Columbia officials are trying to prepare for a developers request for public money to build infrastructure for his new Bull Street neighborhood downtown.
But major questions must be answered before the city knows how much public money might be needed up front.
Chief among them is how much public money will Greenville developer Bob Hughes seek to start building the neighborhood? How much will he request over the 30-year life of the project which will include city-owned parking garages and a minor league baseball stadium?
At stake is how much financial risk the city is willing to take on to help Hughes Development Corp. build a walk-able, urban neighborhood unlike any other in Columbia that could be an enormous boost to the citys tax base.
Hughes is expected in April to spell out how much he would like the city to pay for roads, water and sewer lines, street lighting, two or possibly three parking garages, the ballfield and other infrastructure needs to help him realize a 181-acre neighborhood that supporters say would change the face of Columbia.
The clock is running for Hughes and city leaders because he has said his business model requires breaking ground on the first project this summer. Further, City Council and the city finance office need to know how Hughes high-dollar plans will affect next years city budget as well as water and sewer rates in the short and long term.
The council already is weighing how much to raise water and sewer rates starting July 1 to pay for long-neglected improvements to a utility system that has run afoul of U.S. Environmental Protection Agency standards.
The price tag for Bull Street utilities and basic services could pressure rate increases into the double digits for the next five years, said Councilman Daniel Rickenmann. The city uses its water and sewer fund as collateral to guarantee bonds it issues for infrastructure projects. There has to be enough money in the fund to provide that collateral as well as make scheduled water and sewer system repairs.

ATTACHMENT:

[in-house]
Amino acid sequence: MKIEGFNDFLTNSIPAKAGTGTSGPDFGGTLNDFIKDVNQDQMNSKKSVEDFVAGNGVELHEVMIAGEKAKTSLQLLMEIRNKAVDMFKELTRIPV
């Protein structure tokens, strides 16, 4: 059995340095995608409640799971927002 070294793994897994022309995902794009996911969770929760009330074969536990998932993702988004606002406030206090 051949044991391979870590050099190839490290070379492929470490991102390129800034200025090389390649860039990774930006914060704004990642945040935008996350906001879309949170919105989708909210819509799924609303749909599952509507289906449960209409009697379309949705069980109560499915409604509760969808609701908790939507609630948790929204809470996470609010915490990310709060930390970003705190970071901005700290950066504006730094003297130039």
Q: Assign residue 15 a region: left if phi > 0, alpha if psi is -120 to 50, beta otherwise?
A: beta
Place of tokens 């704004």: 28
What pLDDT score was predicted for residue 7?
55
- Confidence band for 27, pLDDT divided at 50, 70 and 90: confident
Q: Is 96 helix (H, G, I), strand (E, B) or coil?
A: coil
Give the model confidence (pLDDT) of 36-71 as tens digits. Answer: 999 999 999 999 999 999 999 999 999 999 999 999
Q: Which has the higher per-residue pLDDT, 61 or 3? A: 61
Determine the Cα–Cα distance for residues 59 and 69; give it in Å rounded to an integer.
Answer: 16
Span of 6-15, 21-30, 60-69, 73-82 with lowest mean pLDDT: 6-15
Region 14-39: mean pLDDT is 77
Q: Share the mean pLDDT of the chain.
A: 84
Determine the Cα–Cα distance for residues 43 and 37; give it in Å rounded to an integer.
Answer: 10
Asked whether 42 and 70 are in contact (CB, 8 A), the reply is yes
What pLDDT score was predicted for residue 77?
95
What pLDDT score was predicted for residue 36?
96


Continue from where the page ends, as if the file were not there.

Rickenmann opposes large, up-front, public contributions to help the Bull Street project. I cant support this kind of commitment. It will cripple the city.
He recommends public investment in small stages pegged to specific projects as the Bull Street neighborhood is constructed.
Mayor Steve Benjamin doubts the citys investment would spur double-digit rate increases.
I absolutely would not support a double-digit increase to support a TIF. TIF stands for tax increment financing district, a means of designating an area for reinvestment of taxes generated to within its boundaries rather than spending the taxes across the rest of the city.
Benjamin and Councilwoman Tameika Isaac Devine have been intensifying their talks with Hughes as he finalizes his plans for Bull Street.
Devine is less optimistic about the impact the expansive neighborhood would have on water and sewer rates.
Id be lying if I said we can do all this without raising water and sewer rates, Devine said. She did not say how large an increase would be needed.
Not all council members have been as involved in the most recent talks with Hughes.
Maybe theyve got their four votes and they dont need another one, said Rickenmann, who chairs the citys finance and budget committee but is retiring from council June 30.
Against a backdrop of fluid negotiations, Hughes has submitted one recent proposal that outlines a first-year infrastructure cost of $5.2 million for the first project. The second and third years would cost $7.2 million, followed by $2.1 million for the fourth year and $931,000 for the fifth.
Hughes has raised the prospect that he would pay those costs up front and have taxpayers reimburse him when the city issues TIF bonds or provides some other kind of public funding, Devine said. She has been spearheading efforts to get County Council and the Richland 1 board to endorse a TIF plan.